BlackRock CEO Larry Fink says a return to office will solve inflation. Maybe in a different era he’d be right

September 9, 2022, 5:46 PM UTC
Blackrock Chairman and CEO Larry Fink on "The Claman Countdown" at Fox Business Network Studios.
BlackRock CEO Larry Fink says a return to office will solve inflation. If only it were that simple.
Roy Rochlin—Getty Images

Inflation has made everything from affording a home to finding a dollar slice a seemingly impossible quest (more like a $1.50 slice). The solution, according to BlackRock CEO Larry Fink, is getting workers back at their desks. 

In Fink’s eyes, returning to the office will help create greater productivity. “We have to get our employees back in the office,” Fink said on The Claman Countdown, arguing that a rise in productivity will offset some inflationary pressures. That same day, BlackRock imposed a mandate that staff return to the office three days a week, per an internal email seen by Yahoo Finance.

What Fink really wants, then, is a return to pre-COVID work culture, a time (and a fiscal regime) when inflation was consistently below 3%. But that world is just gone. Multiple studies show that remote work—even if it’s on a part-time schedule—is here to stay.

Time may tell whether Fink’s wishful thinking is like that of the goldbugs who wish President Richard Nixon hadn’t gone off the gold standard in 1971, but once a regime changes, there’s no going back. 

Sure, higher worker productivity helps decrease inflation. But our understanding of productivity has changed over the last couple of years. Research has shown that it’s remote workers who are more productive; employees with flexible schedules are more likely to get their work done when not corralled back into the office. Hybrid and remote workers (64%) feel more productive than their in-office peers, according to a survey from workspace software company Citrix.

To be sure, productivity dipped this year, reaching its largest three-month decline since 1947 in the first quarter. It remained at bleak levels during the second quarter.

There’s more than meets the eye, though, when it comes to productivity rates, reached by dividing the GDP by the number of hours worked. Heidi Shierholz, president of the Economic Policy Institute, told Fortune back in May that a close look at GDP numbers actually shows “healthy growth.” She said the dip in worker productivity is more due to a decline in inventory and increase in imports.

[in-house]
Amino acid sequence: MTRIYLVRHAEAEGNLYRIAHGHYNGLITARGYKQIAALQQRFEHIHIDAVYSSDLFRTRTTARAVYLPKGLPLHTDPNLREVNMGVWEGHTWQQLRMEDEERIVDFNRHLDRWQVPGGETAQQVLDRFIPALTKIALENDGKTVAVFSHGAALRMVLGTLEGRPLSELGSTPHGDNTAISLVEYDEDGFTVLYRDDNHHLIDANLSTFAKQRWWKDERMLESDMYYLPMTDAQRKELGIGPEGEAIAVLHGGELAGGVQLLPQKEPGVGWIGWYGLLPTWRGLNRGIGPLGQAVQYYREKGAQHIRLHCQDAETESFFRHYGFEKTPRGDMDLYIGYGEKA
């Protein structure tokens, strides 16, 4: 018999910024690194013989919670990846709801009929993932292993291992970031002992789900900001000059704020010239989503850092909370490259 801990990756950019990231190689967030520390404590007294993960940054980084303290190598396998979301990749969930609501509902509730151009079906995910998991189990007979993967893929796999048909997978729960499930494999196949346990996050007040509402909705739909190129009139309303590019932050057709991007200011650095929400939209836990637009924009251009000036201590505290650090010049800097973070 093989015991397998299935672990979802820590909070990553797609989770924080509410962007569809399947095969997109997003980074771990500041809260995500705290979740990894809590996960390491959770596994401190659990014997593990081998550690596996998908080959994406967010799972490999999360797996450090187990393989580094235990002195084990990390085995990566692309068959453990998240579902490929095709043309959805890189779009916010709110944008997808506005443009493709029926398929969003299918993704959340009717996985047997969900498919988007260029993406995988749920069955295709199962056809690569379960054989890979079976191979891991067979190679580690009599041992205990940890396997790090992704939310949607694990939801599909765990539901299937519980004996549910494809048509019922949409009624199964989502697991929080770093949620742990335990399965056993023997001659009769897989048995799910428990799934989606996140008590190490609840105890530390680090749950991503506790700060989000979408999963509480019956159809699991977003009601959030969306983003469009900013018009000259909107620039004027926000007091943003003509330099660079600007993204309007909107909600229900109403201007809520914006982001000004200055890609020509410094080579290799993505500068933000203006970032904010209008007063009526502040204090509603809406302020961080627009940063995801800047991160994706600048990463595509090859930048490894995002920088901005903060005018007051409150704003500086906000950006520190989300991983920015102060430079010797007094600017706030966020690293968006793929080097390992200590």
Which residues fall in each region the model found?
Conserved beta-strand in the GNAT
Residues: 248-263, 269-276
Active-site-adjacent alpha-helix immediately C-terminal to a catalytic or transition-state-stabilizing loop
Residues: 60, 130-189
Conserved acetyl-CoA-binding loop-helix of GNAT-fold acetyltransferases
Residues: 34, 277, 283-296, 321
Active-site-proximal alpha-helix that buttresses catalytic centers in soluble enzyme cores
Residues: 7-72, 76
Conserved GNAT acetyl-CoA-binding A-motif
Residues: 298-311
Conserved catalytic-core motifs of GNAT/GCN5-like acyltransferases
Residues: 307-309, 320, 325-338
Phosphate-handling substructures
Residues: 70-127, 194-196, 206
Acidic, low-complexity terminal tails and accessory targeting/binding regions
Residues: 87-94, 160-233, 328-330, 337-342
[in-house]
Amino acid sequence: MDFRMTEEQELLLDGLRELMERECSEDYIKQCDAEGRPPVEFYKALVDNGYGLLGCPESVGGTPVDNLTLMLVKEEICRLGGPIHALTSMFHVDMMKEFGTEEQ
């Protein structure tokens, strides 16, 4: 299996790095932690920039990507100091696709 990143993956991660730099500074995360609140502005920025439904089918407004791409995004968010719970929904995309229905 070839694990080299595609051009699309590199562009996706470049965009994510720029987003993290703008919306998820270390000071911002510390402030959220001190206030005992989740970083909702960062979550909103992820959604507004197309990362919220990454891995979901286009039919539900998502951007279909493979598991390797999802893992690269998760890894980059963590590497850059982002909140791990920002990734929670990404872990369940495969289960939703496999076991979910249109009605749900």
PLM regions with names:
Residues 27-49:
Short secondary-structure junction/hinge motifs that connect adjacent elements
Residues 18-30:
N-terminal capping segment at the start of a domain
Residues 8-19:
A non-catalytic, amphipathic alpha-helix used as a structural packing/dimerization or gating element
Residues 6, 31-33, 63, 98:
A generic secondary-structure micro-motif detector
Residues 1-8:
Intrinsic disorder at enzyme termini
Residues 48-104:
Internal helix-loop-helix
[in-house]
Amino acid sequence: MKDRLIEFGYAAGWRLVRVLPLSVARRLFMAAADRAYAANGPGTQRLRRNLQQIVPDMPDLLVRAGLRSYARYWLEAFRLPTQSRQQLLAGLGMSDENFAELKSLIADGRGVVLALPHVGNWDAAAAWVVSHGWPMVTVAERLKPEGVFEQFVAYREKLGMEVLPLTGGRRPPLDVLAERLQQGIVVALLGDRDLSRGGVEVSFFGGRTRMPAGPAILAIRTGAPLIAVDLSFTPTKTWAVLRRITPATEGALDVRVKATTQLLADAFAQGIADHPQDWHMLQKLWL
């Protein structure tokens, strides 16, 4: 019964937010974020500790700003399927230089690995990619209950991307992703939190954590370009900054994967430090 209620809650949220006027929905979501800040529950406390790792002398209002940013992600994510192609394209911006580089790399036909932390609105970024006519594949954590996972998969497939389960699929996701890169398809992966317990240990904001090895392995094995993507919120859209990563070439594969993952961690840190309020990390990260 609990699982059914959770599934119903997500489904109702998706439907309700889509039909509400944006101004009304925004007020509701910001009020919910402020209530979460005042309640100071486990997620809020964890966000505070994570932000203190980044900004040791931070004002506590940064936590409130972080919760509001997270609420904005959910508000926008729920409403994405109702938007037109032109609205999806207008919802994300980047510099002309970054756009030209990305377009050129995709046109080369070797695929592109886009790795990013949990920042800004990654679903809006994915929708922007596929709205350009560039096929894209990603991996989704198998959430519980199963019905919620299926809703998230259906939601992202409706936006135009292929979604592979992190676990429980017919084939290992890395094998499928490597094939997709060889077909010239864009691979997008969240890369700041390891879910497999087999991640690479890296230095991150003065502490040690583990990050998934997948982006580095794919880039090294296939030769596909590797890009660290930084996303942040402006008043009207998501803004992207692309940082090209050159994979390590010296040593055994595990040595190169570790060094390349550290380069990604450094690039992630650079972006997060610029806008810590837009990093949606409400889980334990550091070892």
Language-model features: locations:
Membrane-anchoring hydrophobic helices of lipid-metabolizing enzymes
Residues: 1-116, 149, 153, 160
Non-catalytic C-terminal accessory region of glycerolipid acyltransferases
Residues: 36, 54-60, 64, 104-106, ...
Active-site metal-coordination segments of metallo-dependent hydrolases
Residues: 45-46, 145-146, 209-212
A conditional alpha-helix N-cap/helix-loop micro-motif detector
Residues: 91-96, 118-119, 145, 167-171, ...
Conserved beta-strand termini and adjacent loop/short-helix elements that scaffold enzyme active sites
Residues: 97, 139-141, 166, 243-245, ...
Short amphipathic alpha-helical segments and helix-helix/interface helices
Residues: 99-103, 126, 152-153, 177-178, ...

Now, Fink has a leg to stand on if the recession that many employers have been fearing hits. This would induce layoffs, driving up what has been a near historically low unemployment rate; that would prompt inflation to abate. Former Secretary of the Treasury Lawrence Summers recently tweeted that we’d need to see a 5% unemployment rate to tame inflation. As some companies laid off workers this summer in anticipation of a recession, the unemployment rate already went up slightly to 3.7%, the highest in the past six months, according to August’s job report from the Bureau of Labor Statistics

Experts have been speculating that a recession will give employers the upper hand in forcing workers back to the office, wagering an economic slowdown would make them desperate to keep their jobs. But employees are working from home more often than they were at the start of the year. For Fink’s prediction to come true, those who are forced to return would need to rebel against their bosses’ mandates and quit, effectively increasing the unemployment rate.

It’s a likely scenario, considering that most of the workforce would think about searching for a new job if they were forced to be in-office full time. But a higher unemployment rate is all contingent on these workers being unable to find another job. Those who have already been laid off have been snapping up new jobs faster than ever, which could help keep the unemployment rate low and inflation high. 

The world is simply a different place than it was a couple of years ago when the office ruled supreme, and unemployment is just one factor in inflation. Even if it exceeds 5%, there’s a whole other host of issues that could keep inflation high: Russia’s invasion of Ukraine, lockdowns in China due to COVID-19, and a resulting deglobalization and supply-chain crunch, to name a few. Besides, a return to the office could fuel demand for gas and take-out lunches, elevating prices.

It seems that white-collar workers returning to their cubicles isn’t the salve inflation needs. 

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